Flint also had his own band named flint and owned a pretty successful motorcycle team that had one a few Isle Of Mann TT rounds. He had suffered from depression but was also trying to keep fit through running, boxing and Jiu-Jitsu. He passed away in March 2019 by hanging, although not enough evidence was found to call it a suicide.

Rip Torn, 88, 1931-2019

Rip Torn was as quirky as his name suggests and took on some quirky roles in his career. This includes playing agent Zed in Men In Black and Patches O’Houlihan in Dodgeball: A True Underdog Story. He also played a Russian spy in the film Red with Bruce Willis.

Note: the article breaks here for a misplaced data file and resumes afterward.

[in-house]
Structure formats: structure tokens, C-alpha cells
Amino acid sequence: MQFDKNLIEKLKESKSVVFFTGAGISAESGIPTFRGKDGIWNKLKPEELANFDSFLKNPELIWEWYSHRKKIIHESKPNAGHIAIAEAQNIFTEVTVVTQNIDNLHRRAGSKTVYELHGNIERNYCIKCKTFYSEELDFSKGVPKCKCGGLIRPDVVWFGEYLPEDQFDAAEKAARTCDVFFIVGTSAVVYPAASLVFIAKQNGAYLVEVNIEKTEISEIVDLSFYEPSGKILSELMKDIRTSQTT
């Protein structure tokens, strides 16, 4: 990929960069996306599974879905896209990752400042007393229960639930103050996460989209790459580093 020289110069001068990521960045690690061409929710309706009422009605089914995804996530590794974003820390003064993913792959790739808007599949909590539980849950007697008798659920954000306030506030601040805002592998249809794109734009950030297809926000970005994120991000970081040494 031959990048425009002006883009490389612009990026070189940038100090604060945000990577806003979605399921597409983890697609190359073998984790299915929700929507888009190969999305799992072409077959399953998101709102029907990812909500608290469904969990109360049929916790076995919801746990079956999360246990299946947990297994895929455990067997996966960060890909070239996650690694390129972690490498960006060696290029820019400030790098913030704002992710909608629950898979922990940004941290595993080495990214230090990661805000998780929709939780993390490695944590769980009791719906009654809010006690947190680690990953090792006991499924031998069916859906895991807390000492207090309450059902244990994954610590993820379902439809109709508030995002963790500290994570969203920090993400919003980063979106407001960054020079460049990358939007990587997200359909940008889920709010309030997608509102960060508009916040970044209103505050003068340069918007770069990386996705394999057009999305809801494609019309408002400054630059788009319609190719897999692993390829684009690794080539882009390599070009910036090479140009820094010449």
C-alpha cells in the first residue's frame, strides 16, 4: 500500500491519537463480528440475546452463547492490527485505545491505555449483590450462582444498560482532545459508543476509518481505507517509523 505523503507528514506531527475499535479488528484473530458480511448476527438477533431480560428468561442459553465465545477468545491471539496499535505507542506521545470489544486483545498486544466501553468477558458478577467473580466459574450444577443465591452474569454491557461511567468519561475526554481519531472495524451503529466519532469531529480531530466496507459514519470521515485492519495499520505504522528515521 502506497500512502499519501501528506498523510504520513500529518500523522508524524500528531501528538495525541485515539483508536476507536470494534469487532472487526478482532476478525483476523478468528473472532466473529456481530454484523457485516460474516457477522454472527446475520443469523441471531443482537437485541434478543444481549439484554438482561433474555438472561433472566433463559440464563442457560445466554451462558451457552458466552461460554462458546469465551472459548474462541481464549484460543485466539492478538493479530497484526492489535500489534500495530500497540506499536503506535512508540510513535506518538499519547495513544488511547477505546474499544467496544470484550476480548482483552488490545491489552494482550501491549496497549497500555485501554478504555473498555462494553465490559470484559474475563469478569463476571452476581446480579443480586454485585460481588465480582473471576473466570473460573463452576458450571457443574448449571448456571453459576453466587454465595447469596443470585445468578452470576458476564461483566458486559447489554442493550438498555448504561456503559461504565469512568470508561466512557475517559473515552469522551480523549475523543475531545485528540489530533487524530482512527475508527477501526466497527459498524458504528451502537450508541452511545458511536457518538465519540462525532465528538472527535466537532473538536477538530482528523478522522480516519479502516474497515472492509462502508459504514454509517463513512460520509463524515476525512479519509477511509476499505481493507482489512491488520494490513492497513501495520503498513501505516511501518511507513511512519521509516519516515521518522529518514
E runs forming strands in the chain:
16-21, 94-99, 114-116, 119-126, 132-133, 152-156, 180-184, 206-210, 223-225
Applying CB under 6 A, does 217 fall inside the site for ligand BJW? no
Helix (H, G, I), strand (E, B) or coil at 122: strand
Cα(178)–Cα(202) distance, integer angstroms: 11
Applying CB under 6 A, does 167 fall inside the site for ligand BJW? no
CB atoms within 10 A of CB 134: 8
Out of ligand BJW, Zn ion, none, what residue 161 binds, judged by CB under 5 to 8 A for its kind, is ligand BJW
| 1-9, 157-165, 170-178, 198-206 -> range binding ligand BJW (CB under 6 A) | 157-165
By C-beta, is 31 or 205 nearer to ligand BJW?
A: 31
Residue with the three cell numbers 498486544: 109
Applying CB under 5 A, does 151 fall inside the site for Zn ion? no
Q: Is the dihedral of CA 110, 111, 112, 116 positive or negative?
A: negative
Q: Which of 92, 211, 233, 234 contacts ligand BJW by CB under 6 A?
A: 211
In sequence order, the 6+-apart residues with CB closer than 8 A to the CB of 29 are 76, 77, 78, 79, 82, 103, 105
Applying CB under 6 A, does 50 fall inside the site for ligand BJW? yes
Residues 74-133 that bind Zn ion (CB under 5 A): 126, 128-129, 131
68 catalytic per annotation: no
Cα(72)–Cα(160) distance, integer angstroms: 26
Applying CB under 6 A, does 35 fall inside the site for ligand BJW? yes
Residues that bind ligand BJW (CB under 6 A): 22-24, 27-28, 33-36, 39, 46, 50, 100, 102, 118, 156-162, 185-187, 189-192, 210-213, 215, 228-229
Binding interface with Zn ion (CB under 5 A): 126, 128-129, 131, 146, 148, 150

His quirk also won him an Emmy Award for his role in The Larry Sanders Show. But he also took on serious roles, one of which, in Cross Creek, earned him an Oscar nomination for Best Supporting Actor. But as age took its toll, so his mind also went, and eventually, he had Alzheimer’s, which ultimately caused his death.